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Misuse of means for covid-19 threatens to fight tuberculosis, warns WHO

The interruption of health care to give priority to the pandemic is putting at risk the fight against tuberculosis, which in 2019 killed about 1.4 million people, warned the World Health Organization (WHO).


In its annual report on tuberculosis, WHO points out that many countries were managing to reduce the incidence of that infectious disease, but that "human and financial resources have been displaced from tuberculosis to respond to covid-19".

"The global number of deaths from tuberculosis could increase by 200,000 to 400,000 this year alone," warns the organization, as long as there is a 25 to 30 percent drop in the number of people treated and diagnosed over a three-month period, which is already happening in some of the most affected countries worldwide.

"Equitable access to timely and quality diagnostics, prevention, treatment and care remains a challenge," said the secretary general of that United Nations agency, Tedros Ghebreyesus.

"About 1.4 million people died from tuberculosis-related disease in 2019," points out the WHO, which estimates that three million of the 10 million new cases have not been diagnosed.

Before the pandemic, there was "sustained progress" in the fight against tuberculosis, says the organization: between 2015 and 2019 it was possible to reduce the incidence of the disease by 9 percent and the number of deaths decreased by 14 percent.

However, it now appears that "global prevention and treatment goals are likely to be missed if there are no urgent investments and actions".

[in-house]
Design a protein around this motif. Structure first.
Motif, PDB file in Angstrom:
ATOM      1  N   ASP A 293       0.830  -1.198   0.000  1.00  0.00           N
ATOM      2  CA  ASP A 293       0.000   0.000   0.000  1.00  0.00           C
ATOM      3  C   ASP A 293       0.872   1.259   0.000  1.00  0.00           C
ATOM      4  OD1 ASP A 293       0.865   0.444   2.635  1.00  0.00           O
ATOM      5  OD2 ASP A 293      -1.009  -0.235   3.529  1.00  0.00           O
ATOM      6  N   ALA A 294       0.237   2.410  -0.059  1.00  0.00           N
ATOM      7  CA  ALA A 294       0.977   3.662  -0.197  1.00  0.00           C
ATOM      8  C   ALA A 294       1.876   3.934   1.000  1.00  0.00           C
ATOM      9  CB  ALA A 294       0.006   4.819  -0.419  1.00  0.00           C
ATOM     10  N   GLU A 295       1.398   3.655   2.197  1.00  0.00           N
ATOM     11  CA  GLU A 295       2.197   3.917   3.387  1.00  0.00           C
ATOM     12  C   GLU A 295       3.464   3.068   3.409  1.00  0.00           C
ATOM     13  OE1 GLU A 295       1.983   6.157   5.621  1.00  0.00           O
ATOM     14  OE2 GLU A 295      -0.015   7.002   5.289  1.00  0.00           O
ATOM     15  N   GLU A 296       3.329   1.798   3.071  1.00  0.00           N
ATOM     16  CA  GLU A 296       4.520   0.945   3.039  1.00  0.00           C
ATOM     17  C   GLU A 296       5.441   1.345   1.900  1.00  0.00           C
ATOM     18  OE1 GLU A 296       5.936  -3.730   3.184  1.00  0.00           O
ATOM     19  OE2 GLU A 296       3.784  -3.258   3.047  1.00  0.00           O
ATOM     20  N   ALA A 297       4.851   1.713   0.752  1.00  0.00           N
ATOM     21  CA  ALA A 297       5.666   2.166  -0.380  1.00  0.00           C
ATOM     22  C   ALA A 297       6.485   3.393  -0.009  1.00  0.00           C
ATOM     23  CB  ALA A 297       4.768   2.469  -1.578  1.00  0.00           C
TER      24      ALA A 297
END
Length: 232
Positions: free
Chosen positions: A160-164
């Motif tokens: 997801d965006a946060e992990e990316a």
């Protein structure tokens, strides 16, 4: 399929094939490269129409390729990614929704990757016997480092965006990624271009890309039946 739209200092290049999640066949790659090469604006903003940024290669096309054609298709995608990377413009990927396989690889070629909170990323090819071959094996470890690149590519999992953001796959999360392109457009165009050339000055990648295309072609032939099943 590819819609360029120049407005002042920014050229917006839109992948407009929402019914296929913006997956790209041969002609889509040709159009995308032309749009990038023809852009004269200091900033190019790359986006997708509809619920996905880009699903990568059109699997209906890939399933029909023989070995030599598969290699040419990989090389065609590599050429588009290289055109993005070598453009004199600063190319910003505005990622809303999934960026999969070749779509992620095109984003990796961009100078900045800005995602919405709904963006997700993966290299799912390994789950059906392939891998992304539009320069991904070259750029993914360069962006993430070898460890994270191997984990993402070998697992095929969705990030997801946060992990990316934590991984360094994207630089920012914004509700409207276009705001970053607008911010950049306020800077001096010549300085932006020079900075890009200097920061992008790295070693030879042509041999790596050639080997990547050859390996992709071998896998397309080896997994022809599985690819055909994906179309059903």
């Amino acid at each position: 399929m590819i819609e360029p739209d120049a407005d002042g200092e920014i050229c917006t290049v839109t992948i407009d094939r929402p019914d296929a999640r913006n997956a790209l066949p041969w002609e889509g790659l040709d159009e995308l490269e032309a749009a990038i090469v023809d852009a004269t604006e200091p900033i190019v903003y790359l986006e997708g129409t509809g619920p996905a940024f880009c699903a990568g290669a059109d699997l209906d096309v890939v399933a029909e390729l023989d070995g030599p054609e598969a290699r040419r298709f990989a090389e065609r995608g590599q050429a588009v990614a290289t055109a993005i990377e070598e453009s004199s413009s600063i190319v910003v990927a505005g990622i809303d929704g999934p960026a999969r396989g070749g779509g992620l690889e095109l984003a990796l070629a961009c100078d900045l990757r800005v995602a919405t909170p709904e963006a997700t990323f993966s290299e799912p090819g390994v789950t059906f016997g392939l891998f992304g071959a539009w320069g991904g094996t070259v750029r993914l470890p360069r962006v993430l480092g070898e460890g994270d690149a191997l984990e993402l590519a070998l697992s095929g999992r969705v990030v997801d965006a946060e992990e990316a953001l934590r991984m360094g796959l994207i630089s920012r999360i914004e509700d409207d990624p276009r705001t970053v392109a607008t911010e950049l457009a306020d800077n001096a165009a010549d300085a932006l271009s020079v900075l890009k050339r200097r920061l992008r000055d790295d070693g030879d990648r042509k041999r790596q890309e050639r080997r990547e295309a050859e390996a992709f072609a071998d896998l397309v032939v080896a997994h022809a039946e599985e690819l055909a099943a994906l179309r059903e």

The ultimate goal is to end the disease globally in 2030.

This year, "investment in prevention, diagnosis and treatment reached $ 6.5 billion, just half of the 13 billion agreed by world leaders in the UN's political declaration on tuberculosis," points out the organization.

One of the most negative effects was in the fight against medication-resistant tuberculosis, with "465,000 new diagnoses in 2019, less than 40 percent of which have access to treatment," says the WHO.

The 14 million people who received treatment between 2018 and 2019 are just a third of the 40 million target set by 2022.
On the other hand, the 6.3 million people who started being treated between 2018 and 2019 are just one fifth of the five-year target of 30 million.

In three of the countries with the highest incidence of tuberculosis - India, Indonesia, the Philippines - in the first half of the year there was a 25 to 30 percent reduction in the number of reported cases, which indicates an impact on information collection systems.

The WHO considers that "expanding the use of digital technologies" in counseling and supporting patients is a positive measure to mitigate difficulties.

"To reduce the need for travel to health facilities, many countries are encouraging home-based treatments based on oral medication, preventive treatments and ensuring the adequate supply of medicines for tuberculosis," he says.

Tuberculosis is one of the top ten causes of death worldwide and is the leading deadly disease caused by a single infectious agent.

However, 85 percent of cases are treatable with a medication program spread over six months.

It is estimated that four out of the world's population are infected with the bacillus that causes the disease, which mainly affects the lungs but can attack other organs.

About 90 percent of new annual cases are concentrated in thirty high-incidence countries, including Angola and Mozambique.

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